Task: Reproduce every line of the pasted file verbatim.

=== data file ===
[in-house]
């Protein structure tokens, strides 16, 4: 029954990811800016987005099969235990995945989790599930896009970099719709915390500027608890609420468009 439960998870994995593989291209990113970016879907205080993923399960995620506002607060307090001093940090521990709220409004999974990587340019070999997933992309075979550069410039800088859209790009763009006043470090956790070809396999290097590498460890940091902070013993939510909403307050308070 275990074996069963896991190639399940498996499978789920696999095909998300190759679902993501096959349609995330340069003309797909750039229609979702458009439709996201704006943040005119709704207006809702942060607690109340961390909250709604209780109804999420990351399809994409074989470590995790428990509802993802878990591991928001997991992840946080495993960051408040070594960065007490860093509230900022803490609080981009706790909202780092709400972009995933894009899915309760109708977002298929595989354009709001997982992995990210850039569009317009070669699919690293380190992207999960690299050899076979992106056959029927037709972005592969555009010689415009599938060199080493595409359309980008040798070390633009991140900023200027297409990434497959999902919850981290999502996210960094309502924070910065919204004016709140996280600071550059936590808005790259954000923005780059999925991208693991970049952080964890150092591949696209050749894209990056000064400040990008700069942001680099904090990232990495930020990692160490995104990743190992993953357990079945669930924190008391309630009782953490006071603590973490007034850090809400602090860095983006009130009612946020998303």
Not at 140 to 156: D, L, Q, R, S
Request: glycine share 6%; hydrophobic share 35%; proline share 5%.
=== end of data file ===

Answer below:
[in-house]
């Protein structure tokens, strides 16, 4: 029954990811800016987005099969235990995945989790599930896009970099719709915390500027608890609420468009 439960998870994995593989291209990113970016879907205080993923399960995620506002607060307090001093940090521990709220409004999974990587340019070999997933992309075979550069410039800088859209790009763009006043470090956790070809396999290097590498460890940091902070013993939510909403307050308070 275990074996069963896991190639399940498996499978789920696999095909998300190759679902993501096959349609995330340069003309797909750039229609979702458009439709996201704006943040005119709704207006809702942060607690109340961390909250709604209780109804999420990351399809994409074989470590995790428990509802993802878990591991928001997991992840946080495993960051408040070594960065007490860093509230900022803490609080981009706790909202780092709400972009995933894009899915309760109708977002298929595989354009709001997982992995990210850039569009317009070669699919690293380190992207999960690299050899076979992106056959029927037709972005592969555009010689415009599938060199080493595409359309980008040798070390633009991140900023200027297409990434497959999902919850981290999502996210960094309502924070910065919204004016709140996280600071550059936590808005790259954000923005780059999925991208693991970049952080964890150092591949696209050749894209990056000064400040990008700069942001680099904090990232990495930020990692160490995104990743190992993953357990079945669930924190008391309630009782953490006071603590973490007034850090809400602090860095983006009130009612946020998303």
Not at 140 to 156: D, L, Q, R, S
Request: glycine share 6%; hydrophobic share 35%; proline share 5%.